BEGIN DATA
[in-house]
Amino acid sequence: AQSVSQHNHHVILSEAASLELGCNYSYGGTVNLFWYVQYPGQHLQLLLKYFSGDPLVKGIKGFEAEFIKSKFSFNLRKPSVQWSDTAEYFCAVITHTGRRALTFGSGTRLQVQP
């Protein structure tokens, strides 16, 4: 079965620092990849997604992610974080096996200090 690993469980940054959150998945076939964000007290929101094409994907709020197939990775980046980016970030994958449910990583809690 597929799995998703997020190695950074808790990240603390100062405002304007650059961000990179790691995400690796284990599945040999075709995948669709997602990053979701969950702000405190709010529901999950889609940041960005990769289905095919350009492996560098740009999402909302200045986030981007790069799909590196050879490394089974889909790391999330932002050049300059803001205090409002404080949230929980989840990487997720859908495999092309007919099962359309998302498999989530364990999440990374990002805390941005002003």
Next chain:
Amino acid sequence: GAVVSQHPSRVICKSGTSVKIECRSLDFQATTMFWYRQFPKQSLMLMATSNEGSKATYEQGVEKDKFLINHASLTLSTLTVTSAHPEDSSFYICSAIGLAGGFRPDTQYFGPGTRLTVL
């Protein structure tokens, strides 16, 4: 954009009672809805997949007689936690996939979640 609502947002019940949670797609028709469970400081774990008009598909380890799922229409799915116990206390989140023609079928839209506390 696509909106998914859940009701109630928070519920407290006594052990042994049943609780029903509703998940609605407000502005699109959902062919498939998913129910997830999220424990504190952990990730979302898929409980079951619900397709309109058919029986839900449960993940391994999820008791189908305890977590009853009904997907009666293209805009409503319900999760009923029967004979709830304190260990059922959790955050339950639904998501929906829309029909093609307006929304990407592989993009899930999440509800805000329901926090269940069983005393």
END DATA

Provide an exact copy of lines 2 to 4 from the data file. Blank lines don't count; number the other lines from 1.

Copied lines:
Amino acid sequence: AQSVSQHNHHVILSEAASLELGCNYSYGGTVNLFWYVQYPGQHLQLLLKYFSGDPLVKGIKGFEAEFIKSKFSFNLRKPSVQWSDTAEYFCAVITHTGRRALTFGSGTRLQVQP
């Protein structure tokens, strides 16, 4: 079965620092990849997604992610974080096996200090 690993469980940054959150998945076939964000007290929101094409994907709020197939990775980046980016970030994958449910990583809690 597929799995998703997020190695950074808790990240603390100062405002304007650059961000990179790691995400690796284990599945040999075709995948669709997602990053979701969950702000405190709010529901999950889609940041960005990769289905095919350009492996560098740009999402909302200045986030981007790069799909590196050879490394089974889909790391999330932002050049300059803001205090409002404080949230929980989840990487997720859908495999092309007919099962359309998302498999989530364990999440990374990002805390941005002003």
Next chain: